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The Sky This Week
U.S. Naval Observatory's Weekly Blog
Catch a Falling Star, and Look For One That Winks At You
by Geoff Chester, USNO Public Affairs
08 December 2020
The Milky Way in Perseus and Cassiopeia, imaged 2019 September 28
from Blackwater Falls State Park, Davis, West Virginia
captured with a Canon EOS Rebel SL2 DSLR
The Moon wanes in the morning skies this week, moving southward along the ecliptic as she passes through spring’s rising constellations. New Moon occurs on the 14th at 11:17 am Eastern Standard Time. Those who happen to be located in southern Chile and Argentina will be treated to a total solar eclipse at that time. For 2 minutes and 10 seconds the Sun’s face will be completely obscured by the Moon in one of Nature’s most spectacular sights. Can’t get to Patagonia by next week? Not a major problem. You’ll only need to wait until April 8th, 2024 for a 4.5-minute eclipse that crosses the U.S. from Texas to the Great Lakes and northern New England.
Another of Nature’s spectacles is gearing up for a splendid viewing opportunity over the weekend. The annual Geminid meteor shower will peak on the night of December 13-14, and there will be no moonlight to interfere with the view. This is one of the most consistent showers from year to year, with up to 100 meteors visible per hour from dark locations. The shower members appear to radiate from a point in the sky near the bright star Castor in the constellation of Gemini, and unlike many meteor showers the radiant is well above the horizon in the evening hours. By 10:00 pm local time the radiant is about 40 degrees above the horizon, and it is almost directly overhead at 2:00 am. Geminids are characterized by relatively slow, bright meteors that can be vividly colored. Unlike summer’s Perseids, these slower meteors don’t tend to leave persistent smoke trains behind them. While almost all of the year’s periodic showers are produced by the passage of comets through the inner solar system, the Geminids are the spawn of an asteroid, (3200) Phaethon. Discovered in 1983, this was the first asteroid to be found by a space-based instrument, and it has the distinction of having the closest perihelion distance of any named asteroid. It is now thought to be a defunct comet nucleus, sputtering off material as it orbits the Sun every 1.43 years.
This is the final week in 2020 to participate in the
Globe at Night
citizen-science sky awareness program. From now until December 15th you are encouraged to go outside, look up, and count stars. This month’s featured constellation is Perseus, the Hero, which may be found high in the northeastern sky in the mid-evening hours. Perseus lies just west of a line that connects the bright yellow-hued star Capella with the W-shaped asterism formed by Cassiopeia. Look for a grouping of stars that resemble a wish-bone with the bright star Mirfak at the intersection of the wish-bone’s tines. To make an observation, simply visit the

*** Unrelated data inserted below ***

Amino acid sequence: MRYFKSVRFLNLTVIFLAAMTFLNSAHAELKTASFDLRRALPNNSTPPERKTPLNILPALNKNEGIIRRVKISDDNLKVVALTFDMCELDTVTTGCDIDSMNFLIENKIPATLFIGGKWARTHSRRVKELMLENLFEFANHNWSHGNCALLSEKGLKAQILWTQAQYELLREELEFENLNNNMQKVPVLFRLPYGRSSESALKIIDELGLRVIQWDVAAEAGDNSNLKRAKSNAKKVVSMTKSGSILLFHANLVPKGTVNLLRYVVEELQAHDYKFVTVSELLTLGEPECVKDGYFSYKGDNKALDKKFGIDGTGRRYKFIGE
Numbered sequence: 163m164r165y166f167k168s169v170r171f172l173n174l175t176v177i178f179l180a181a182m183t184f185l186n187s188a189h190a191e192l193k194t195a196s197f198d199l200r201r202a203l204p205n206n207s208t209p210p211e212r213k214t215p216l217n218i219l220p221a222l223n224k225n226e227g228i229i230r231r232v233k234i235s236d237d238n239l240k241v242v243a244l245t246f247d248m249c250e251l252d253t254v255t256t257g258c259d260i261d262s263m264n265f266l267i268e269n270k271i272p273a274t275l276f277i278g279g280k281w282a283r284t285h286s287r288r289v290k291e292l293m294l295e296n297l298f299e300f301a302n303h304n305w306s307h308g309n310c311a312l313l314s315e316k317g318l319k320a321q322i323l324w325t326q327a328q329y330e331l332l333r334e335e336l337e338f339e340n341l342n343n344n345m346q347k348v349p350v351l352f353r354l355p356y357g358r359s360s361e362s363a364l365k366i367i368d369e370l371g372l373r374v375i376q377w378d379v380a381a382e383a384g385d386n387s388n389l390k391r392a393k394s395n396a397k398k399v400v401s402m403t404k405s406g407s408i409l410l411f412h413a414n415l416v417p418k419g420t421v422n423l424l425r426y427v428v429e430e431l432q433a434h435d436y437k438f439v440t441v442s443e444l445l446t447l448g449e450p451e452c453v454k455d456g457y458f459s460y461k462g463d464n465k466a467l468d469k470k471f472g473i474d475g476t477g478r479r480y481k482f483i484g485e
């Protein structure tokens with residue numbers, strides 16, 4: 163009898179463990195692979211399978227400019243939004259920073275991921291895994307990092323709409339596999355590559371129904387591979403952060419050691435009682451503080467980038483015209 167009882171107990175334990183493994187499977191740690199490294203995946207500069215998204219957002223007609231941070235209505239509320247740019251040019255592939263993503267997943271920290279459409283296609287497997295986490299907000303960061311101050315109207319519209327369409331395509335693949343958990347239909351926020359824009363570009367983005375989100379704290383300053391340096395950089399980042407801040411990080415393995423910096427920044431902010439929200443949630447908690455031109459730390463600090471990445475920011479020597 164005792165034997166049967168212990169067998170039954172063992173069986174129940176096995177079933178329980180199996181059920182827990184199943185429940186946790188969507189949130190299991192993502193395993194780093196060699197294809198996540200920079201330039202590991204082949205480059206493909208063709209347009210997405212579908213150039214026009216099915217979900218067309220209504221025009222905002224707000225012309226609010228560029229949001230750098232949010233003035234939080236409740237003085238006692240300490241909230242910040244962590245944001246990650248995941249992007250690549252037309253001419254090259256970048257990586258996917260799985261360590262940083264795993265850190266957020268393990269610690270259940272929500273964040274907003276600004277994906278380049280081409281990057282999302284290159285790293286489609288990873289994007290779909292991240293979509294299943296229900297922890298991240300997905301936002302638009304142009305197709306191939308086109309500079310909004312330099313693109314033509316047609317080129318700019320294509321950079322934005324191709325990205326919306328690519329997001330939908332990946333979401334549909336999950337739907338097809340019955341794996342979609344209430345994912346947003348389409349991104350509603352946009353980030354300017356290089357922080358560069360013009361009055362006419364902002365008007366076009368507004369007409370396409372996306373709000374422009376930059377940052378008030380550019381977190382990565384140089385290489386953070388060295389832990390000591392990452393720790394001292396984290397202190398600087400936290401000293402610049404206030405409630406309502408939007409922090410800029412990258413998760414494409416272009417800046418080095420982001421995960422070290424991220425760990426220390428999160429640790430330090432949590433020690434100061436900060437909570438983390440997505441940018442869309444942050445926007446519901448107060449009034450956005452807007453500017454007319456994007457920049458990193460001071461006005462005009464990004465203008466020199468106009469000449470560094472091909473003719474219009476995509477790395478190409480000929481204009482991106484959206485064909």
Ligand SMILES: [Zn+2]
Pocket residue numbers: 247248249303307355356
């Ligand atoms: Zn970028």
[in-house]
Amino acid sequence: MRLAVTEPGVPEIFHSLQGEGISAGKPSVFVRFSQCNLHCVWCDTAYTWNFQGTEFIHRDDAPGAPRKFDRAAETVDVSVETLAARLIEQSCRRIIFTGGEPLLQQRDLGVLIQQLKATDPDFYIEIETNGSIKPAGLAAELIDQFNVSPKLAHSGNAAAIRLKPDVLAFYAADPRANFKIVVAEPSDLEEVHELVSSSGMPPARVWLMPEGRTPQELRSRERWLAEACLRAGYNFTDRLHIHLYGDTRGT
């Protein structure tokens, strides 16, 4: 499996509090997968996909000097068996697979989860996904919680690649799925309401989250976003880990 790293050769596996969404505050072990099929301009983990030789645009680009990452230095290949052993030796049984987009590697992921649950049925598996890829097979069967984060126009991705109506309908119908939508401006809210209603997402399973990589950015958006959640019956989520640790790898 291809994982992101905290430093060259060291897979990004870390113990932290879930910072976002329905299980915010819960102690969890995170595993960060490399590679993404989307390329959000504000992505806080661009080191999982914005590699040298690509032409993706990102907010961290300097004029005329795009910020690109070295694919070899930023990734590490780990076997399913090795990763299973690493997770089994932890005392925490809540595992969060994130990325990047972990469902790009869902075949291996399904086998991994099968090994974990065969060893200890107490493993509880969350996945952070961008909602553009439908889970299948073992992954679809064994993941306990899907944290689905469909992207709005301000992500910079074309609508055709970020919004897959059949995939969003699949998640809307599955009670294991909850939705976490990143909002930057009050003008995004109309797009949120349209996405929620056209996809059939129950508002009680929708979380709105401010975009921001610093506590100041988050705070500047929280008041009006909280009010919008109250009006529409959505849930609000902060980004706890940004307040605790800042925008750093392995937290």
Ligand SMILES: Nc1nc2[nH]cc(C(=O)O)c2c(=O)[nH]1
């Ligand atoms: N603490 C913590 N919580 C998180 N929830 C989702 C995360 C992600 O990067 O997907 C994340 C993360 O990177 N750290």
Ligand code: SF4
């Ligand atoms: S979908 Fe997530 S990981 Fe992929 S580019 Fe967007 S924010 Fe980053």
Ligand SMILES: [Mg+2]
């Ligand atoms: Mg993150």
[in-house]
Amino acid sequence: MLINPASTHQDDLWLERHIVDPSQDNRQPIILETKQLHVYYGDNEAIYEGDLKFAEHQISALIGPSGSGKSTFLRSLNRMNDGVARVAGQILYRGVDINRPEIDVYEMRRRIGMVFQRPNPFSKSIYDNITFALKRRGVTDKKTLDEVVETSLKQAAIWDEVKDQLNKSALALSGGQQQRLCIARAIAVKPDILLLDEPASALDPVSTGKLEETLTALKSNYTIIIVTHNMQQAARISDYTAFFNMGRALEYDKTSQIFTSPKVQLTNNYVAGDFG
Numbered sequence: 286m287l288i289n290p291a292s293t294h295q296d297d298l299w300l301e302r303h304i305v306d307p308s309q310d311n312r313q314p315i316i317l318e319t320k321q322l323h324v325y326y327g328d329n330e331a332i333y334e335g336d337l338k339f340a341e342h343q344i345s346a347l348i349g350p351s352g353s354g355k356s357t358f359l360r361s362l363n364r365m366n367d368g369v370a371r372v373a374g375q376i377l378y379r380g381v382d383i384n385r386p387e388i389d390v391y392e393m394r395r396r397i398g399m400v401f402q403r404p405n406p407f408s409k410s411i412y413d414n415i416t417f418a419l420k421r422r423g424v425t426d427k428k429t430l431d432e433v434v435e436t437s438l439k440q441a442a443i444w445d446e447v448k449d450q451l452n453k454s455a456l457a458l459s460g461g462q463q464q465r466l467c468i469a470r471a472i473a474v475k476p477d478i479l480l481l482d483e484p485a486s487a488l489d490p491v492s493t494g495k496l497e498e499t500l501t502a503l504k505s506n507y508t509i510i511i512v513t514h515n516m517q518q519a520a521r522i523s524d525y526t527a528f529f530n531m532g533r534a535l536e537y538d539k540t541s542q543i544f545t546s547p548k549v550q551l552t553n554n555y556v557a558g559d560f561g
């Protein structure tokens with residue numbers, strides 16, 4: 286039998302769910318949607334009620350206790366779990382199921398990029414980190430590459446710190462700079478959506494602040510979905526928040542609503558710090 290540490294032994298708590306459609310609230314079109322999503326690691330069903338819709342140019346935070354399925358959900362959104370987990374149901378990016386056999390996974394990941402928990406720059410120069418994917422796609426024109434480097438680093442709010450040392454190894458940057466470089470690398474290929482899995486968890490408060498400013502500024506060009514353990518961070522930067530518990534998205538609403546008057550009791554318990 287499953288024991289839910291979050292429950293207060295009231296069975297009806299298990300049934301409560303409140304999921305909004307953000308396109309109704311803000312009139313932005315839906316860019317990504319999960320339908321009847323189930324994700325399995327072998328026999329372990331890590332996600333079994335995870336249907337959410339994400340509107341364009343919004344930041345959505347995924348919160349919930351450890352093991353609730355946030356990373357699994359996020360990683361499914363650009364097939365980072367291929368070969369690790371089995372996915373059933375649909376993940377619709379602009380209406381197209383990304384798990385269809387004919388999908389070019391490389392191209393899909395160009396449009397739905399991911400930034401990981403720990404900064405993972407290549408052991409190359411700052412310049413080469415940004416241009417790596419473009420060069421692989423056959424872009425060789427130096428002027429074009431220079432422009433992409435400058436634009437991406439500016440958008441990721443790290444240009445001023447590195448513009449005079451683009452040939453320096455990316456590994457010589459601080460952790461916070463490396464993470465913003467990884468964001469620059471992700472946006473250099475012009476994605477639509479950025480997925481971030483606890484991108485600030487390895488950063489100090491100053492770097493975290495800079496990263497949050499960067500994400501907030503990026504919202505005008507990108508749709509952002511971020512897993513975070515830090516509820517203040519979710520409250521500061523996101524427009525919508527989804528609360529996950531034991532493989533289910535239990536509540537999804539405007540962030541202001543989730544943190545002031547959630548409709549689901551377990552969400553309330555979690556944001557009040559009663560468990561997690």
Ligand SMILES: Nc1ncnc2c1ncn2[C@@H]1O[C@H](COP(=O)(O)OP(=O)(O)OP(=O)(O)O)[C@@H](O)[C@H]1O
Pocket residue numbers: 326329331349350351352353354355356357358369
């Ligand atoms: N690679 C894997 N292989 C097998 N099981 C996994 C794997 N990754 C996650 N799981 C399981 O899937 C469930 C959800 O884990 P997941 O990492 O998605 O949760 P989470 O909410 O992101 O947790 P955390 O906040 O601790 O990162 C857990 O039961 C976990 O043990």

web app on the Globe at Night website
and compare your view of Perseus with the charts on the site. The site’s sponsors are hoping to collect a total of 30,000 observer reports for the year.
The second-brightest star in Perseus is usually Algol, which is normally a second-magnitude object. However, every 2.8 days the star fades to magnitude 3.4. It is the prototype of a class of variable stars known as eclipsing binaries in which a brighter star is periodically eclipsed by a darker companion. Its variability was first documented by Medieval Persian astronomers who named it “Al Ra’s al Ghul”, the Demon’s Head. The demon it represented was the Gorgon Medusa in Greek mythology, a creature who had snakes for hair and the ability to turn people to stone if they looked into her eyes. The clever Perseus was able to kill Medusa by looking at her reflection in his polished bronze shield before lopping off her head, which the Hero subsequently carried around with him as a grisly trophy. This week Algol reaches one of its minima on the evening of the 8th at 9:38 pm EST. Five hours later it will have regained its regular brightness.
Bright Jupiter continues to inch up on Saturn during evening twilight into the first hour of darkness. You can easily spot Jupiter in the southwest shortly after sunset, and Saturn should appear shortly thereafter. Jupiter will pass Saturn in two weeks in what is often called a “Great Conjunction” since it only occurs every 19.76 years. This particular one will be truly memorable as the two objects will appear extremely close together on the evening of the 21st. The last time they appeared this close together and were easily visible was the year 1226 CE!
Mars continues to shine through the night, but his brightness is gradually fading. Fortunately he is located in a part of the sky that is bereft of bright stars, so he stands out despite his waning glory. You can also identify him by his strong ruddy tint, unmatched by any other object in the sky. If you have been following him through the telescope since his close opposition two months ago you will see that his disc is now almost half as big as it appeared at that time.
Bright Venus can be spotted in the gathering morning twilight as she moves through the stars of the constellation of Libra. She gets a visit from the waning crescent Moon on the mornings of the 12th and 13th.
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